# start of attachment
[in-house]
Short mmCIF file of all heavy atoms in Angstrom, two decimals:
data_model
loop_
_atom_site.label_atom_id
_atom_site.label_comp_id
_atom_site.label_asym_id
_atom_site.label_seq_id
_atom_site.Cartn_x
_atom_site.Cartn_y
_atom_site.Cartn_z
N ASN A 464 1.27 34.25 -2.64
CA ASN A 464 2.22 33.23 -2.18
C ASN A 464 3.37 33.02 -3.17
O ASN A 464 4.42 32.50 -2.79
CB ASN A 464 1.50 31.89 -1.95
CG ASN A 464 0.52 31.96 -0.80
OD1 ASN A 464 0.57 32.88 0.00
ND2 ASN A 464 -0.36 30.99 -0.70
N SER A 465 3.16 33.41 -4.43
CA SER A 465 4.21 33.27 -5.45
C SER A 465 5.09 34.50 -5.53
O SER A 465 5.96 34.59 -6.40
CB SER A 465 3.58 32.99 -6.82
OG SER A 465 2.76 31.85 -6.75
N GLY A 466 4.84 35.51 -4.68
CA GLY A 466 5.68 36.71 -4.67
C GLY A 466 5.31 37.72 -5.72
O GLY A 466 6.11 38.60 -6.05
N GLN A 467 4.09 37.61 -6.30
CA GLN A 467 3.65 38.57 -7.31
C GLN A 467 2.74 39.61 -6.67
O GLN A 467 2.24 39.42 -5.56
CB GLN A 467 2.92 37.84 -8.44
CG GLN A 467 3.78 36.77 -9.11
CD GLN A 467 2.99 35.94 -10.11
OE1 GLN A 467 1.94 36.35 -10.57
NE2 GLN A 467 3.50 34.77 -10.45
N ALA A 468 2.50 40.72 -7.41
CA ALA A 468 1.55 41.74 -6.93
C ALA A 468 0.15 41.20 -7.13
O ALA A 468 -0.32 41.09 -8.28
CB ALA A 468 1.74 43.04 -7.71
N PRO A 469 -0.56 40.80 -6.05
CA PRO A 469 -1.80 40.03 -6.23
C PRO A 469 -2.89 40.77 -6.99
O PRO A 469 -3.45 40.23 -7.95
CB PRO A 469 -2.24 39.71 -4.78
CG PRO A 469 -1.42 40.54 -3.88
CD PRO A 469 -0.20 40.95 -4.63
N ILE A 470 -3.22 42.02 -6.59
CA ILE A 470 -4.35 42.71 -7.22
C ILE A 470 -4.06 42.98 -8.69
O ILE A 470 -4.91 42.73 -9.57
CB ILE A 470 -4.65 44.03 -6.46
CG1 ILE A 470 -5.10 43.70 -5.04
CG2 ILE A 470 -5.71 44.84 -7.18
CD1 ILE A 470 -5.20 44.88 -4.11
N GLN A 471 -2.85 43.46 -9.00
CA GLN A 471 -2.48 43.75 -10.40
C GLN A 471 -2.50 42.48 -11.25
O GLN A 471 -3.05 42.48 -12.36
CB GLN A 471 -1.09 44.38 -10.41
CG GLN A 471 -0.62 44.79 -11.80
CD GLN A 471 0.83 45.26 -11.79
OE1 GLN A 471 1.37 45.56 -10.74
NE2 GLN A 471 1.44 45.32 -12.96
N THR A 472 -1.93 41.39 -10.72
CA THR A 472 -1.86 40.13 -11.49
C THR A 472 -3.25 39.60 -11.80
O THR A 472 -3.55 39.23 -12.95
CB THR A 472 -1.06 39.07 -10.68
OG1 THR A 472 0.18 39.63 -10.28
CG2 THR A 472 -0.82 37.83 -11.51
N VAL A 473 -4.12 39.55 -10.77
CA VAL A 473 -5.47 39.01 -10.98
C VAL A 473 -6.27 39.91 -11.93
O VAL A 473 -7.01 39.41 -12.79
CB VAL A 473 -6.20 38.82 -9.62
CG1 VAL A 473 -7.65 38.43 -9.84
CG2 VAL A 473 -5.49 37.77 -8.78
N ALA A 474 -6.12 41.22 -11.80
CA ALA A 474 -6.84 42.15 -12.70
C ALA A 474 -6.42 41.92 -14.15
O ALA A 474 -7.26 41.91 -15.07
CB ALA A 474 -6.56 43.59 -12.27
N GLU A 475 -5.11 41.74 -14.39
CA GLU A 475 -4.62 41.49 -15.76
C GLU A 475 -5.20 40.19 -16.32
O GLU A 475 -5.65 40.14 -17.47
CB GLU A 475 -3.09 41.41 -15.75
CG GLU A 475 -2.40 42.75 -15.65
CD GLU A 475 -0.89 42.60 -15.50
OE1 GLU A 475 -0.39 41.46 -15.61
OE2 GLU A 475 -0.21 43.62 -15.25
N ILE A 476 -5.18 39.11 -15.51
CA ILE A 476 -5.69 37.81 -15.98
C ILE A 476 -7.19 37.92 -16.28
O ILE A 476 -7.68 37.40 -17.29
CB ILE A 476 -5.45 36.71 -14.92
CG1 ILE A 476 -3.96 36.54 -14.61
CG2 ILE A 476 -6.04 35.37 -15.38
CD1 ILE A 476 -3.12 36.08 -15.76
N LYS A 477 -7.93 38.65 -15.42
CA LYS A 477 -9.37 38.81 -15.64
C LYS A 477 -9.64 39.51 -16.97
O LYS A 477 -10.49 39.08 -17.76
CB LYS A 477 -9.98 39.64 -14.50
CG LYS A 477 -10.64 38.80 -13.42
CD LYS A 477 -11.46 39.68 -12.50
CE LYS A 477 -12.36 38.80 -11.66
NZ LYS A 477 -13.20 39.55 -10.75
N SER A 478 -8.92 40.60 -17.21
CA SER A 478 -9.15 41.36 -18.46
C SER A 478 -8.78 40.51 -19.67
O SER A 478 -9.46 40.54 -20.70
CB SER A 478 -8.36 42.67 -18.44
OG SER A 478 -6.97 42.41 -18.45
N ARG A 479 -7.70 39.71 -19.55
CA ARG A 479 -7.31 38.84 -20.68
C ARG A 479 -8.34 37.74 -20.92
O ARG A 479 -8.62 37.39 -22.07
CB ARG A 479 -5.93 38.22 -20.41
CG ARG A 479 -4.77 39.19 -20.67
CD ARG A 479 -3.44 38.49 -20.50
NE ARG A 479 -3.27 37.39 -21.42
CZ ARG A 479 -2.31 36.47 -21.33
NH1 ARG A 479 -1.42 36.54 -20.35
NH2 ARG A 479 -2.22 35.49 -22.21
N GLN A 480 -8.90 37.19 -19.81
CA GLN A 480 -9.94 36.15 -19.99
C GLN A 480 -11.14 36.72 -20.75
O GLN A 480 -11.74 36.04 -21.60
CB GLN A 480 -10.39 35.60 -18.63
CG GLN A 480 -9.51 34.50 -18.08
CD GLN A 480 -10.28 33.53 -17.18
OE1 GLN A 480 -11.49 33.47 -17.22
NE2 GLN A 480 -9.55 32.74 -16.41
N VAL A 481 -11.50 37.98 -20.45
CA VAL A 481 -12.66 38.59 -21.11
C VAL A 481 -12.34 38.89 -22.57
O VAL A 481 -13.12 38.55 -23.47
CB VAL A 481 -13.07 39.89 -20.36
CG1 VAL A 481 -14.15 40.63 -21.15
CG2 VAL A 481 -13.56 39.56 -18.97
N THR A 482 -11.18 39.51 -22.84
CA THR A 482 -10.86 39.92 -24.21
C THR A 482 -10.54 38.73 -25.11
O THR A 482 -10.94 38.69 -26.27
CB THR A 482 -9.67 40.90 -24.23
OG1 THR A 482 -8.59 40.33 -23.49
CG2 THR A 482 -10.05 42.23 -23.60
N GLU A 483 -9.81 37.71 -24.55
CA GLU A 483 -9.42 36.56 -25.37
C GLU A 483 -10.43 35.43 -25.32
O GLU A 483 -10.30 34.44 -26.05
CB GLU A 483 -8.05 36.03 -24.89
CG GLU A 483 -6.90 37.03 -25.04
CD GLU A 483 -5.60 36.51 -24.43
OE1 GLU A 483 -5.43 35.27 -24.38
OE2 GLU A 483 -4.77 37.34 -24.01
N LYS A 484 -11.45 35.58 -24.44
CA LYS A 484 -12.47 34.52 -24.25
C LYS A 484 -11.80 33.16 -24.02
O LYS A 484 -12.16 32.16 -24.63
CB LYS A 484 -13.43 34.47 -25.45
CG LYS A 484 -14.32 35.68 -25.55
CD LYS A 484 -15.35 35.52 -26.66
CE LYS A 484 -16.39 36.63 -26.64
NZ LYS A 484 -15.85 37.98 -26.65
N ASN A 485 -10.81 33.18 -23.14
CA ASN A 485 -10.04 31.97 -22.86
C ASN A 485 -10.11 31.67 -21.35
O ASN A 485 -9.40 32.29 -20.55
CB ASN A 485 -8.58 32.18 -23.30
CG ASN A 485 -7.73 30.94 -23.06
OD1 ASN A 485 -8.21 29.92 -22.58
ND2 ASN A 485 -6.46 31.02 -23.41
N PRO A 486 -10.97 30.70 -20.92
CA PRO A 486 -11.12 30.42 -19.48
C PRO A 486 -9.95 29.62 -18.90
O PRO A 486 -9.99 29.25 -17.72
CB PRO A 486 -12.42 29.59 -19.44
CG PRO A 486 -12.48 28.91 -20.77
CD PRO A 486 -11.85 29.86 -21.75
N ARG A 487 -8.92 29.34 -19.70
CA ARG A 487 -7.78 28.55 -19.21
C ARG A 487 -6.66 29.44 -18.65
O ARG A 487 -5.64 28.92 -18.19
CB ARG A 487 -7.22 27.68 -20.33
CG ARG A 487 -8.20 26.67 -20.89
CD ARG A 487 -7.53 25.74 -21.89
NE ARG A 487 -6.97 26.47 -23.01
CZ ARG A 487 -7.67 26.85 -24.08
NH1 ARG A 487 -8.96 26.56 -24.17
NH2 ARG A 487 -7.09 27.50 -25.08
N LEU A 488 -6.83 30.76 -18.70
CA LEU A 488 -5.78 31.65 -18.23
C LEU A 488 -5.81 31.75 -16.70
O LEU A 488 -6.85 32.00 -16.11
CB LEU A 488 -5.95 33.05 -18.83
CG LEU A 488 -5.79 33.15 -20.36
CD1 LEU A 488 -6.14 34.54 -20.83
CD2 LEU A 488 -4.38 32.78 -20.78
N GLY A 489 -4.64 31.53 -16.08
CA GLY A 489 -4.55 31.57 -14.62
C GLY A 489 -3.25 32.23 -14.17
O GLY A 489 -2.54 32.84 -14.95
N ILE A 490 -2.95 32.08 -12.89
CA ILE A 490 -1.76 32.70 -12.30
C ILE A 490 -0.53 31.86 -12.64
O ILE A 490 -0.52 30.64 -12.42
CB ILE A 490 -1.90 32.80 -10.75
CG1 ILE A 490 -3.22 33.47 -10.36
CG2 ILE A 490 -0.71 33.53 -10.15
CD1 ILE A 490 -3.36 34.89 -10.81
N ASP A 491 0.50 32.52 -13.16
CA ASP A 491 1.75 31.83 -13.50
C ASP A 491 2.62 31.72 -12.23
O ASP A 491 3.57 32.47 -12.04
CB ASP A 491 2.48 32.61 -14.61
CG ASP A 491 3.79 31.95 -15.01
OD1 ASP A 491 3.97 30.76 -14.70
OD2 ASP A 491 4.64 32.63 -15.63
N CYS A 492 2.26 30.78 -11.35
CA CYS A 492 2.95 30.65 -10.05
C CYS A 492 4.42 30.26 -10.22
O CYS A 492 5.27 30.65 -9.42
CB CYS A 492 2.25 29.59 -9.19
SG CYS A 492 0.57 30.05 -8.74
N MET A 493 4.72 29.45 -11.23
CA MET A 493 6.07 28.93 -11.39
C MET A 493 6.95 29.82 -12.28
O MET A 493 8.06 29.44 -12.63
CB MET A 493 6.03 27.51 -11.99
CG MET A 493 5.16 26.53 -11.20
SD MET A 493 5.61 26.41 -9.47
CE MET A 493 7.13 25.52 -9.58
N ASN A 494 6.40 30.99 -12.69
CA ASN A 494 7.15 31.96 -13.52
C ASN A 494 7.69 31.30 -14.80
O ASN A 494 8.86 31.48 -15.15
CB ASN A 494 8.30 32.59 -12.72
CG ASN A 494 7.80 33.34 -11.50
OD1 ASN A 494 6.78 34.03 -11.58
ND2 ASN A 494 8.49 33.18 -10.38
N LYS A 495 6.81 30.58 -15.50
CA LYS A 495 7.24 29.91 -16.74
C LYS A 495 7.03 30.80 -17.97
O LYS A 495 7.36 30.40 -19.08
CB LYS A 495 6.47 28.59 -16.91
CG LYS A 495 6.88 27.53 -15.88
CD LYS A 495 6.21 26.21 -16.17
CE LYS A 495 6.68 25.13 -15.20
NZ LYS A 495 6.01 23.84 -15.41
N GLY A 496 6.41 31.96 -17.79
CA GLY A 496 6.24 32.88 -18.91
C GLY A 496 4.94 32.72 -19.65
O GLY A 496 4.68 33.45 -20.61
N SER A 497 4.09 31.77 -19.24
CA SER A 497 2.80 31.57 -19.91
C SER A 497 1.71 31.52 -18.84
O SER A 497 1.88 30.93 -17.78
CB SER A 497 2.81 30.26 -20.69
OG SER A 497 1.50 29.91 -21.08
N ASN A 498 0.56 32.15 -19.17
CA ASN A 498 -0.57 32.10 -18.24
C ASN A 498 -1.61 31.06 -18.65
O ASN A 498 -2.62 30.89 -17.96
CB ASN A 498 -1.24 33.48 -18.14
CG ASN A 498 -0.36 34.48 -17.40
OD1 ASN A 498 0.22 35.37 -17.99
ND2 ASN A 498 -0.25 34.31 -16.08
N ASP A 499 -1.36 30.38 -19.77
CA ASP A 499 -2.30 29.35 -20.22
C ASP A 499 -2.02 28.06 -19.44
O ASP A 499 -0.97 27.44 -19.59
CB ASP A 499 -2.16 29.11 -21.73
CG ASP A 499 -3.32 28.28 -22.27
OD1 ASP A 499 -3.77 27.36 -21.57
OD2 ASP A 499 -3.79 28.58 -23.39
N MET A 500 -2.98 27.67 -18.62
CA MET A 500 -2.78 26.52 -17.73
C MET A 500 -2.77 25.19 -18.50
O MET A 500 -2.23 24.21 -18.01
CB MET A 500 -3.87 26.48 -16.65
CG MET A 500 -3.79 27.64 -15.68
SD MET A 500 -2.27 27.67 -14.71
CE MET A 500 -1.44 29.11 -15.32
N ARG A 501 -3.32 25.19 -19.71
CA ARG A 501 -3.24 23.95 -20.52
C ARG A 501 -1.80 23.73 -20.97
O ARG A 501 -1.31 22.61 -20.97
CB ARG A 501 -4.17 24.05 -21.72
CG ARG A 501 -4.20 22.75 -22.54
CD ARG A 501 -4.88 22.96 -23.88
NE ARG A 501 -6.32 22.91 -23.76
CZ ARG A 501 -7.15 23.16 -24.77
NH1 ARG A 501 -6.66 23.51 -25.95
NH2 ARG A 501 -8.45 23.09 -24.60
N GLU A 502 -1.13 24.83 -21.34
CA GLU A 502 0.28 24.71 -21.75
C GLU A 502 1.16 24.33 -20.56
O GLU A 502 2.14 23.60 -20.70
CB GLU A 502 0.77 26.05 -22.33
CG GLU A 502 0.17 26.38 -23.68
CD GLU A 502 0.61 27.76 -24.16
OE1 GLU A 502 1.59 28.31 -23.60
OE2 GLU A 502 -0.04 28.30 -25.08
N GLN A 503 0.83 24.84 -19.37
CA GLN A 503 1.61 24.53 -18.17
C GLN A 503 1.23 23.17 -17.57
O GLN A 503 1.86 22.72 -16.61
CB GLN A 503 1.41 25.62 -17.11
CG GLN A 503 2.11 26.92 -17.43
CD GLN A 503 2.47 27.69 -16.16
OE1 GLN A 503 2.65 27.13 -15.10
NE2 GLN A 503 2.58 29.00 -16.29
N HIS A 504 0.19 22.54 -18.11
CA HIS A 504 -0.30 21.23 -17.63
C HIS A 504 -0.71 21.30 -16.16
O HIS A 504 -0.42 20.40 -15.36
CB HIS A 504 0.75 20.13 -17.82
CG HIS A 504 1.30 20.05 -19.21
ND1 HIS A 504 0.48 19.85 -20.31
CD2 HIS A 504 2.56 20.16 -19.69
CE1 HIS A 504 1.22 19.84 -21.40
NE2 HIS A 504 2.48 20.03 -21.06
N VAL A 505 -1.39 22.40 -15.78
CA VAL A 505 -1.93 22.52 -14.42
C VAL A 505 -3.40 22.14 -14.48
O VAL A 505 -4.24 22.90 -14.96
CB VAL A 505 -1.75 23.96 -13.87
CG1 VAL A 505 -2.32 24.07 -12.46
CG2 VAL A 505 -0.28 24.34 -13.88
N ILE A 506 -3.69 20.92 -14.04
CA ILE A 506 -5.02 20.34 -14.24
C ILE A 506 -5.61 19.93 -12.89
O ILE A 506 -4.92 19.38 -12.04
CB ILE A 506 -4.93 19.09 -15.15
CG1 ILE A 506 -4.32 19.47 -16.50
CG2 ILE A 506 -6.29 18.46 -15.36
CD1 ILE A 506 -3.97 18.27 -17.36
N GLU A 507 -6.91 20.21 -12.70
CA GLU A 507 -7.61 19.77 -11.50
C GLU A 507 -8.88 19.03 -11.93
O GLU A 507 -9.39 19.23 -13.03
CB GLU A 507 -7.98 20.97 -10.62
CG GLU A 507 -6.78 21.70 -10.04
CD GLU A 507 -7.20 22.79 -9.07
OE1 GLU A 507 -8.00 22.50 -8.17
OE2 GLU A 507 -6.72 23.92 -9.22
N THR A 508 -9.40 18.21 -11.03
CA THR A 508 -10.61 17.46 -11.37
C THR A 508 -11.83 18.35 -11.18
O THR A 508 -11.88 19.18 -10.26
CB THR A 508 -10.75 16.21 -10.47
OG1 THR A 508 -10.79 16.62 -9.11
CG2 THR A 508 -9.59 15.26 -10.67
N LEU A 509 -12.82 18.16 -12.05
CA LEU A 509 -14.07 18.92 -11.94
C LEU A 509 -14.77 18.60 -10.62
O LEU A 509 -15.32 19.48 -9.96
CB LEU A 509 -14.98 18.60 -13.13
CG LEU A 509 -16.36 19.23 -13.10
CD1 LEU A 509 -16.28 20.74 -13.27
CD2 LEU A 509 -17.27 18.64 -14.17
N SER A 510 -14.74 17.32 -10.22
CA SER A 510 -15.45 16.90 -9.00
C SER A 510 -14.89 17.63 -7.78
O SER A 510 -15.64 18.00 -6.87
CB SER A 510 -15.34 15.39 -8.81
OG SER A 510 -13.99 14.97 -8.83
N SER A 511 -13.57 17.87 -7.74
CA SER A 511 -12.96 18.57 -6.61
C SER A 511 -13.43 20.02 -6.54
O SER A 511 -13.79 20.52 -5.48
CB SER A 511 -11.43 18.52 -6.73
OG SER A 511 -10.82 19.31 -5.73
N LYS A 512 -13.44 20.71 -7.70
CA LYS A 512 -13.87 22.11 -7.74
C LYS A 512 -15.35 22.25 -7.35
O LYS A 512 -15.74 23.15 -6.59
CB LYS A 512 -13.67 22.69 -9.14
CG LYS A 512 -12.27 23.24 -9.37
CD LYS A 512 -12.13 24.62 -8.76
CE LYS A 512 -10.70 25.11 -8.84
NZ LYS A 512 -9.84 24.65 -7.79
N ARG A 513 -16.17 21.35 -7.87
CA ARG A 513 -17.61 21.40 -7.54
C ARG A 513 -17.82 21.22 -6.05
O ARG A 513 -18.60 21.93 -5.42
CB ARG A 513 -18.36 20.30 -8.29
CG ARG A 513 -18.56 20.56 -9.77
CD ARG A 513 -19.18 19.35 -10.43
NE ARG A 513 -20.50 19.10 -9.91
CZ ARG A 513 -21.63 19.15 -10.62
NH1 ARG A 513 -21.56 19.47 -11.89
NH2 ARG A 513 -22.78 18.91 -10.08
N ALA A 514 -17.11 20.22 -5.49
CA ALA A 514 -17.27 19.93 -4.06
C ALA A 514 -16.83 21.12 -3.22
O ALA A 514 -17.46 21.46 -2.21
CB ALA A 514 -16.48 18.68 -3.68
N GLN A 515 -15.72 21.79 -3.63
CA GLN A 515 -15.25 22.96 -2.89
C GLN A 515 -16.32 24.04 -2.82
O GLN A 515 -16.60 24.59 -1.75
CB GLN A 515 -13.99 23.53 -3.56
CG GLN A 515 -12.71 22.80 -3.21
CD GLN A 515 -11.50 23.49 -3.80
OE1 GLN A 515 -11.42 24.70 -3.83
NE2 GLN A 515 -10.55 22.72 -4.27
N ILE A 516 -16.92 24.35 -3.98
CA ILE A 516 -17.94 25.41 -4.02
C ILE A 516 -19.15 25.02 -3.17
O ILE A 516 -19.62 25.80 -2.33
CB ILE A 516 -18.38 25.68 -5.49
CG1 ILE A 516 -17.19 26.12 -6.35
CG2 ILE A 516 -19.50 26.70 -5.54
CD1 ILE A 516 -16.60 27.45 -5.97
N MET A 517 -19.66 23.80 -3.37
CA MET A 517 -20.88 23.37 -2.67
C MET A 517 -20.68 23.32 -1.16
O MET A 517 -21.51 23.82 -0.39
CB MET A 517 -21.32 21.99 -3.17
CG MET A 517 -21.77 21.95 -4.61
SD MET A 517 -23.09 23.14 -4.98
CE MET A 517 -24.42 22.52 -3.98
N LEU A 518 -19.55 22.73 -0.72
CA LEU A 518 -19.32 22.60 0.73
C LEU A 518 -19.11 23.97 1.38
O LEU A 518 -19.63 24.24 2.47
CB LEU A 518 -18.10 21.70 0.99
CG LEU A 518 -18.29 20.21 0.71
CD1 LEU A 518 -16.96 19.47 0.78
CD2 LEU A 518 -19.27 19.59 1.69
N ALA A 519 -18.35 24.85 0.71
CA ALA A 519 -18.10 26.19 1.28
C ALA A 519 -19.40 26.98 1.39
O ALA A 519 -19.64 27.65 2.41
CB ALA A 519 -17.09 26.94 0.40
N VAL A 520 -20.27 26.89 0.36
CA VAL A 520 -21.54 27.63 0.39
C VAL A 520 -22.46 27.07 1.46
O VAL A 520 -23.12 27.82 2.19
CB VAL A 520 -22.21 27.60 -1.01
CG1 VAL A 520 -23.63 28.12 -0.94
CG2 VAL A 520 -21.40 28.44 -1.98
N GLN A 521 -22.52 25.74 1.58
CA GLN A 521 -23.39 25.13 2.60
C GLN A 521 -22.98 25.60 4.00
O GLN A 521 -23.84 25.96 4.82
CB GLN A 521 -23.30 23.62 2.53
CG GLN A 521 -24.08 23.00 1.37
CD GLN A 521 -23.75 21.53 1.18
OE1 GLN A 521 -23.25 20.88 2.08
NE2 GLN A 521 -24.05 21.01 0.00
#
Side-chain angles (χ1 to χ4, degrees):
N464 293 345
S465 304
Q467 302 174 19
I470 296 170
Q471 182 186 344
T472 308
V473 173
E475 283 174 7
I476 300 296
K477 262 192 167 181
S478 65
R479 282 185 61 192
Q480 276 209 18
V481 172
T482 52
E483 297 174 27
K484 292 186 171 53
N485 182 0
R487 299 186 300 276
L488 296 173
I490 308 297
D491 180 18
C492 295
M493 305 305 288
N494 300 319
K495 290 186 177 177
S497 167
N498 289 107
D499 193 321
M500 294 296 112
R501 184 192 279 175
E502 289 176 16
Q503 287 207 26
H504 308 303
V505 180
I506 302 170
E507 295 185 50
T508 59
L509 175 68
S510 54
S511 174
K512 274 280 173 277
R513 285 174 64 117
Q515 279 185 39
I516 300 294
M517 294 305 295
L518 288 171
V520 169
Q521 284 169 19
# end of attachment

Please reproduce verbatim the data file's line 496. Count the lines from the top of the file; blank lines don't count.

I506 302 170